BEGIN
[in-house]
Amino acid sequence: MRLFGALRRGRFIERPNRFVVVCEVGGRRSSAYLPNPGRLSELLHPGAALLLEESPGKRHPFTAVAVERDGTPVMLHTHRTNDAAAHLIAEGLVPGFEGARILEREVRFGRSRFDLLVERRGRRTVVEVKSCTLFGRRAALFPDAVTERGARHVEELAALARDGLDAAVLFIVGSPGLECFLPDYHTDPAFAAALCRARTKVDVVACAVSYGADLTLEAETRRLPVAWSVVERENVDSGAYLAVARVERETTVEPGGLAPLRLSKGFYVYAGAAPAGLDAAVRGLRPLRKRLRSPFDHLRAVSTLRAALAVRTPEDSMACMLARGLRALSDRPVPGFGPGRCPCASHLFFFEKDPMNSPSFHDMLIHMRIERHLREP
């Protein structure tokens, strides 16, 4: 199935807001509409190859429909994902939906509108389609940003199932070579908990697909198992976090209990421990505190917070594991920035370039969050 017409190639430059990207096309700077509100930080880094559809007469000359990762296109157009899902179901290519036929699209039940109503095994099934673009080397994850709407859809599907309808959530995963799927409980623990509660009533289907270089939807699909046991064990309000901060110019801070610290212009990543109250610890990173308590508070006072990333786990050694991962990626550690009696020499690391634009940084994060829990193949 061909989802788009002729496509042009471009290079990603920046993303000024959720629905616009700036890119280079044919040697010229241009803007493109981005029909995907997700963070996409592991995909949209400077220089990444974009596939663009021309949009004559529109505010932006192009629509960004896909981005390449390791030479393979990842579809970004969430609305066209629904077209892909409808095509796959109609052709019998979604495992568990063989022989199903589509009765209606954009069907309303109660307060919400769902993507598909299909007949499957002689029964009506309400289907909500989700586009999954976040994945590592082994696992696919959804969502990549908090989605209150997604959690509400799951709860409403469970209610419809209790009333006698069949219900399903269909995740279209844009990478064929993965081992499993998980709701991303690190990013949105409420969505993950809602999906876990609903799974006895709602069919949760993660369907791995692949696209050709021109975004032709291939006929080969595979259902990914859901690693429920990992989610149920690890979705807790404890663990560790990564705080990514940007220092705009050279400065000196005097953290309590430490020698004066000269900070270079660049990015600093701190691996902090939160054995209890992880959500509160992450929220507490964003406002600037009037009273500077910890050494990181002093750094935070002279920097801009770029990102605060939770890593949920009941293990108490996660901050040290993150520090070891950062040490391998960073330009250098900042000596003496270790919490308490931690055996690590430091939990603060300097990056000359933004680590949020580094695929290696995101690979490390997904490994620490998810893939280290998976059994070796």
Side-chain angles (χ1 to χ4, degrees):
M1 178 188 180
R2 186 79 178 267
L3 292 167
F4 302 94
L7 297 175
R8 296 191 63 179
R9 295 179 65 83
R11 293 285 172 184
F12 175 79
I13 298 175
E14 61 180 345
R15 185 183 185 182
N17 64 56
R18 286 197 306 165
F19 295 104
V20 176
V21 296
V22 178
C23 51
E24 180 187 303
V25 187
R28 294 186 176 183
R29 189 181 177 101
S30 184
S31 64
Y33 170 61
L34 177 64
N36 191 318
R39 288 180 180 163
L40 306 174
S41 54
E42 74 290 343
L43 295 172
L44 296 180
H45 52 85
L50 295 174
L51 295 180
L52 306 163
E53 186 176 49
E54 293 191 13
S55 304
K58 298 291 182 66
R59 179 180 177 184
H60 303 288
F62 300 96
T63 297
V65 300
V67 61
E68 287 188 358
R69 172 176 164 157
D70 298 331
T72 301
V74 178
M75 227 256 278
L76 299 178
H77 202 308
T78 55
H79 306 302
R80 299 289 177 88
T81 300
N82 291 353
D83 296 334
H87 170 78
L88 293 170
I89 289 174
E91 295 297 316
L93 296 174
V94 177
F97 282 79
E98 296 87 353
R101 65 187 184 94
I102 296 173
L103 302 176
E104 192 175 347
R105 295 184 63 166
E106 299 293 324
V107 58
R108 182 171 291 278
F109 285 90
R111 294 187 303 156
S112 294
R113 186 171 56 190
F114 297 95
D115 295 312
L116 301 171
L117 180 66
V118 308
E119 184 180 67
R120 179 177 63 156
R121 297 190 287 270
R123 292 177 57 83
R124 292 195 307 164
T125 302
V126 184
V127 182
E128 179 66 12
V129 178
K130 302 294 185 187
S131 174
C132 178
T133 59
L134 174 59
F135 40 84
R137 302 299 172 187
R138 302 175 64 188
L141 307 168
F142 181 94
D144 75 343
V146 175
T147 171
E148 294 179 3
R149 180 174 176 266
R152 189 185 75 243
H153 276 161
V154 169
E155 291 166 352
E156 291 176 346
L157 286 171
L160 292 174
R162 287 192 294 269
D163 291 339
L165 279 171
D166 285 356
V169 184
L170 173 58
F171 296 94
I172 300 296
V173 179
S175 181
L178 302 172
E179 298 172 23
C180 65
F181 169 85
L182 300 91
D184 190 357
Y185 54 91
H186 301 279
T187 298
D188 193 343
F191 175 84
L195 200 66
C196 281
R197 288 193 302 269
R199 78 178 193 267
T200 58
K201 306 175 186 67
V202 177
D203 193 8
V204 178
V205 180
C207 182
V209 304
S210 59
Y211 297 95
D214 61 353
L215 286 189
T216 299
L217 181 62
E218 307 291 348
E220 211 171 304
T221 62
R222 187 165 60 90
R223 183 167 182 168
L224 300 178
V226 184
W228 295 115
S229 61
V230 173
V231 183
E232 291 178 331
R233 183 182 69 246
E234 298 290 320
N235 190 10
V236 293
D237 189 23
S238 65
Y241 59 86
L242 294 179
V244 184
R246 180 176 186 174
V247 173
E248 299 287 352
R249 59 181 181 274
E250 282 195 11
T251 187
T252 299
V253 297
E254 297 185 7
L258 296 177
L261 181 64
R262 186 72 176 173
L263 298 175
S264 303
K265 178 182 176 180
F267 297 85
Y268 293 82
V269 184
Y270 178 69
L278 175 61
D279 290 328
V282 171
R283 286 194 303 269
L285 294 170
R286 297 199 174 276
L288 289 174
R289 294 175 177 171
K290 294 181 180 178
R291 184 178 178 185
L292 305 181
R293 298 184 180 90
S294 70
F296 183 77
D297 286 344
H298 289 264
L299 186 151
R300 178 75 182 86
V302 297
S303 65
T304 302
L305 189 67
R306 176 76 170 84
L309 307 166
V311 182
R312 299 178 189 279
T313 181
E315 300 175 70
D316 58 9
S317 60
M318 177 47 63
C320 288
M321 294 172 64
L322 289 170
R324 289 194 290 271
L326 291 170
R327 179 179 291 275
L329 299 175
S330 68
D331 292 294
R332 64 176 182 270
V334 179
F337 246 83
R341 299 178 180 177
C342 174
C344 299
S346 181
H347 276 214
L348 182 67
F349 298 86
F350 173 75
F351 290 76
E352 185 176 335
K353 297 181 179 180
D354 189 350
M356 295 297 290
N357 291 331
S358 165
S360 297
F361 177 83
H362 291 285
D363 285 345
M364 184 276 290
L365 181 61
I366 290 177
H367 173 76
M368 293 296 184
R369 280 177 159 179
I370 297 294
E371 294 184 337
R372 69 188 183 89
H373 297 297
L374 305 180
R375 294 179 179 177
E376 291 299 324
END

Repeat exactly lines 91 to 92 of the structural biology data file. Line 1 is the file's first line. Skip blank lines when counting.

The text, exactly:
V118 308
E119 184 180 67